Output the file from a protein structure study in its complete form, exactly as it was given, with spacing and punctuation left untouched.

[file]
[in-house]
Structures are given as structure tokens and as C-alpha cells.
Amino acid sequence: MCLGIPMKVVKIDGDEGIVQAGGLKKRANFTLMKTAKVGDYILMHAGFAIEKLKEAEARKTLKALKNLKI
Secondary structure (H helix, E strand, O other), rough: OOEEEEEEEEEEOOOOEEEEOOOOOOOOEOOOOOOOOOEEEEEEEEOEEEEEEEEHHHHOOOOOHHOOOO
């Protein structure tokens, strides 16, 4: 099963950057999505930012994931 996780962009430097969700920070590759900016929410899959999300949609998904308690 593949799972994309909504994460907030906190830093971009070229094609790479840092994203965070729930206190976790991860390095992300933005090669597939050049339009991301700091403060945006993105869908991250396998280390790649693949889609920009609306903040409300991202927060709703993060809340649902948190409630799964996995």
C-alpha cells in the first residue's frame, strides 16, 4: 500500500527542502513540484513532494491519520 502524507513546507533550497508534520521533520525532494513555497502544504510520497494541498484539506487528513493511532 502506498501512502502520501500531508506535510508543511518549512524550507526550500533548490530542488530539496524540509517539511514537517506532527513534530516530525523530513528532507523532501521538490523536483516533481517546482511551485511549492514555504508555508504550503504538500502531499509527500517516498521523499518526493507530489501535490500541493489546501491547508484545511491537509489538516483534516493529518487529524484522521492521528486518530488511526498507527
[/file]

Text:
[in-house]
Structures are given as structure tokens and as C-alpha cells.
Amino acid sequence: MCLGIPMKVVKIDGDEGIVQAGGLKKRANFTLMKTAKVGDYILMHAGFAIEKLKEAEARKTLKALKNLKI
Secondary structure (H helix, E strand, O other), rough: OOEEEEEEEEEEOOOOEEEEOOOOOOOOEOOOOOOOOOEEEEEEEEOEEEEEEEEHHHHOOOOOHHOOOO
């Protein structure tokens, strides 16, 4: 099963950057999505930012994931 996780962009430097969700920070590759900016929410899959999300949609998904308690 593949799972994309909504994460907030906190830093971009070229094609790479840092994203965070729930206190976790991860390095992300933005090669597939050049339009991301700091403060945006993105869908991250396998280390790649693949889609920009609306903040409300991202927060709703993060809340649902948190409630799964996995």
C-alpha cells in the first residue's frame, strides 16, 4: 500500500527542502513540484513532494491519520 502524507513546507533550497508534520521533520525532494513555497502544504510520497494541498484539506487528513493511532 502506498501512502502520501500531508506535510508543511518549512524550507526550500533548490530542488530539496524540509517539511514537517506532527513534530516530525523530513528532507523532501521538490523536483516533481517546482511551485511549492514555504508555508504550503504538500502531499509527500517516498521523499518526493507530489501535490500541493489546501491547508484545511491537509489538516483534516493529518487529524484522521492521528486518530488511526498507527